Okay, moving to the east of Tokyo, Chiba City is still offering a number of hotels (at the time of writing). While cheaper than downtown Tokyo, these places are still pricey but offer close access to both Makuhari Messe and plenty of non-Olympics things to see and do.
My advice for those willing to travel a bit, look for hotels in Narita (the city, not the airport). The hotels are looking substantially cheaper due to the distance.
For surfing enthusiasts out there, I have bad news for you. During the dates of the surfing event, I couldn’t find anything available outside of a $74,000+ vacation home. A bit ridiculous, I know.
There may be some options on Airbnb, but for those looking for a real hotel, be prepared to travel. You can stay in Chiba City for city prices, but, again, Narita is your best bet for cheap hotels. I did find a pretty cheap option in Choshi, but the rooms are almost out.
3. Kawagoe or Saitama City (Saitama Prefecture)
Saitama is a pretty sparse area of Japan, so there will be a lot of travel involved. You have a couple of choices here. Stay in downtown Tokyo and travel up to Saitama for its events, or stay in one of the remote cities in Saitama Prefecture.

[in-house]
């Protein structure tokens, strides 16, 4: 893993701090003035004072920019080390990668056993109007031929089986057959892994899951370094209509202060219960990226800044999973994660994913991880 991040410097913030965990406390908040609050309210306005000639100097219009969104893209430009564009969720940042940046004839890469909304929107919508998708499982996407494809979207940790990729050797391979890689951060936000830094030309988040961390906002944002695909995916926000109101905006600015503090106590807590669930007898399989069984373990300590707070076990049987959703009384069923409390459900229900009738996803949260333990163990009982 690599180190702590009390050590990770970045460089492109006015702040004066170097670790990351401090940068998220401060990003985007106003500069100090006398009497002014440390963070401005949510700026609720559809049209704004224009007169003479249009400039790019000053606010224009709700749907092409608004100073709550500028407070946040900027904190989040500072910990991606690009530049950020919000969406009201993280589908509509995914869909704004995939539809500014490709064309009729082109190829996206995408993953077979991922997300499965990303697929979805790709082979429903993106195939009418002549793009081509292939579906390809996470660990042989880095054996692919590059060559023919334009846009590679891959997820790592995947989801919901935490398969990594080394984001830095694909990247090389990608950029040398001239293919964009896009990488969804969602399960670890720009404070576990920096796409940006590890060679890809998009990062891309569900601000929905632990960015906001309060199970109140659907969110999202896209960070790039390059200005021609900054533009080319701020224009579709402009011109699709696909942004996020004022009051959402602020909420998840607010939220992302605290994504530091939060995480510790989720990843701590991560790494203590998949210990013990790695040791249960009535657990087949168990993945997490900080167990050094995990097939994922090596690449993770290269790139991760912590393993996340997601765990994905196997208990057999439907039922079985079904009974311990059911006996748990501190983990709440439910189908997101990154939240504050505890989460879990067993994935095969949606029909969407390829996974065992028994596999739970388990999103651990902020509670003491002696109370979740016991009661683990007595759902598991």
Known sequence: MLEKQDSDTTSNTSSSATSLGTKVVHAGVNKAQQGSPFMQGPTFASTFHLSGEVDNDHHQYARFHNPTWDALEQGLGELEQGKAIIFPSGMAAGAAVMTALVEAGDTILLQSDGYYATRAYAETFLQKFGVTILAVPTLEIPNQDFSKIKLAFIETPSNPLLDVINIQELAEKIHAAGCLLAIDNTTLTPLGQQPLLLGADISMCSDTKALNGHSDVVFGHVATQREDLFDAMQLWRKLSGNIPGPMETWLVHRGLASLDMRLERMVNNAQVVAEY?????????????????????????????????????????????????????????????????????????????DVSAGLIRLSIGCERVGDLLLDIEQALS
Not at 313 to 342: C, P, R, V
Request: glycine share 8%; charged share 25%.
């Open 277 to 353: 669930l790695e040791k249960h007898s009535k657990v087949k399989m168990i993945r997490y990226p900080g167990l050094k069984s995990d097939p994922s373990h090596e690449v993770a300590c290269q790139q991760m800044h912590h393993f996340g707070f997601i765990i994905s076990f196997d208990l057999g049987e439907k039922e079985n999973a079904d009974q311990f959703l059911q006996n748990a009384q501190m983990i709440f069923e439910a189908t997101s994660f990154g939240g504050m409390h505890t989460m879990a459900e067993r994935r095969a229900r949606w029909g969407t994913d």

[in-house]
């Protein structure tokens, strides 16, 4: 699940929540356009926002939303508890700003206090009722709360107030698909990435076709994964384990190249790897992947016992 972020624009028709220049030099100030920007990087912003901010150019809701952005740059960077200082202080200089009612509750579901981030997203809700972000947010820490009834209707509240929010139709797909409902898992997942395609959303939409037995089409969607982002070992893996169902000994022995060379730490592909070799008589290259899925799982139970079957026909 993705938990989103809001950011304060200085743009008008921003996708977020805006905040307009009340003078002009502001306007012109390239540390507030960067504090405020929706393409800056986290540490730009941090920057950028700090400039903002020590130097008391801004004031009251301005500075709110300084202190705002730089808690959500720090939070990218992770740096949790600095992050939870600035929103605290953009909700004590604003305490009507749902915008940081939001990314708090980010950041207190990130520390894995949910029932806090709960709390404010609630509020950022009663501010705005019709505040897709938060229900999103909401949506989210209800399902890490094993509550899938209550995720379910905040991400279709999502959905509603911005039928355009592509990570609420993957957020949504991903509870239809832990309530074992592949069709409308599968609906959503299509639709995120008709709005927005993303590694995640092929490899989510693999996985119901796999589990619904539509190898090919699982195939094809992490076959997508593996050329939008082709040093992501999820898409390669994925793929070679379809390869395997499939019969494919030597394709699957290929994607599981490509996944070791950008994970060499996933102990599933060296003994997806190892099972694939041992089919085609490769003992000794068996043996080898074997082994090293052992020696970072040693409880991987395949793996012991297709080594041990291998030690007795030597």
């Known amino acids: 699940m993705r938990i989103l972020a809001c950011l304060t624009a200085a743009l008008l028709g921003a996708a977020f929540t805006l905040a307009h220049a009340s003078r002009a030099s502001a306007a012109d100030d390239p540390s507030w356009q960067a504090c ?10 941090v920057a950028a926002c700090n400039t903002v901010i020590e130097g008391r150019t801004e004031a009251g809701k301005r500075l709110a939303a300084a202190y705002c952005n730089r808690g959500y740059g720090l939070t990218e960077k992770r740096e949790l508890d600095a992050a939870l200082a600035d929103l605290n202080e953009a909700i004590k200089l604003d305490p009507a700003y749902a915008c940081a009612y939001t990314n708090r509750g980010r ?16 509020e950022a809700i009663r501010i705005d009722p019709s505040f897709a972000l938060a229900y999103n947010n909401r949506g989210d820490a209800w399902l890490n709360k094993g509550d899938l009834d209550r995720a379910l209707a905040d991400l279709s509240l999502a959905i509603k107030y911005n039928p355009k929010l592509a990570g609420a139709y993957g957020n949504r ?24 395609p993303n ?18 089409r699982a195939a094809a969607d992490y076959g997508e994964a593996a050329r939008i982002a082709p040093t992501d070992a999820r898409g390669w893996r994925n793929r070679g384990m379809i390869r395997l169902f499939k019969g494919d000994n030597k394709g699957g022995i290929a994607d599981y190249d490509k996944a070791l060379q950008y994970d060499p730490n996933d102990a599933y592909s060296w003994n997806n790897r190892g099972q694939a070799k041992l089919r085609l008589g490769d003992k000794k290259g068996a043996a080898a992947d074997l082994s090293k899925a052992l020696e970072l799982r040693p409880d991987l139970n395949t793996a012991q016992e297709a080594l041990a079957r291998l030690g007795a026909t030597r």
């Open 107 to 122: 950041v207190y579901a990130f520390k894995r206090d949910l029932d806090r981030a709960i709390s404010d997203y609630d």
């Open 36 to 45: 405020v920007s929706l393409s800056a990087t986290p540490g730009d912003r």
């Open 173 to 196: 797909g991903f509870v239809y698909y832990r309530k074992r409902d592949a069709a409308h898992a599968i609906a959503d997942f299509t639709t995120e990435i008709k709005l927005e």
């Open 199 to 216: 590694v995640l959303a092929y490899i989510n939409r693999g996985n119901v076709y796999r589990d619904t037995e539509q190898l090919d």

If you choose the second option, there will certainly be a lot of travel, but the upside is you also get the lowest prices so far. Look into places like Bando, Honjo, and Ota. They don’t have many hotels, but what they do have is at a fraction of what the city hotels cost. I also suggest looking into the Garden Houses in Hanno. These are beautiful little cabins in the woods which are out of the way, but available.
Kawagoe is also located in the Saitama Prefecture, except Kawagoe is even more remotely located. So, just as before, look for accommodations within Tokyo, or in the remote surrounding cities if you’re looking for great deals.
4. Fujisawa City (Kanagawa Prefecture)
Moving further south is Enoshima Island in Fujisawa, which actually has a reasonably priced capsule hotel right on the island. If that books up before you can snag a room, there are a few hotels on the mainland.
If you’re willing to travel a bit, look into rooms in nearby cities such as Yamato, Ebina, and Atsugi. This will also allow you to travel to Izu for the events held there.
5. Izu City (Shizuoka Prefecture)
While this is probably the most remote location for an event, it’s actually one of the best in regards to accommodations. There are ample hotels available along the coastline of this peninsula.
Now, the downside to these deals is that, unlike every other city listed so far, the Izu peninsula has very few trains due to its mountainous terrain. That means you’ll be traveling by bus or car, and I highly suggest you rent a car in this situation.
6. Oyama Town (Shizuoka Prefecture)
This one makes me happy as it’s located around my favorite place in the world, Mt. Fuji. This town is actually where the Subashiri Trail starts and goes to the top of Mt. Fuji.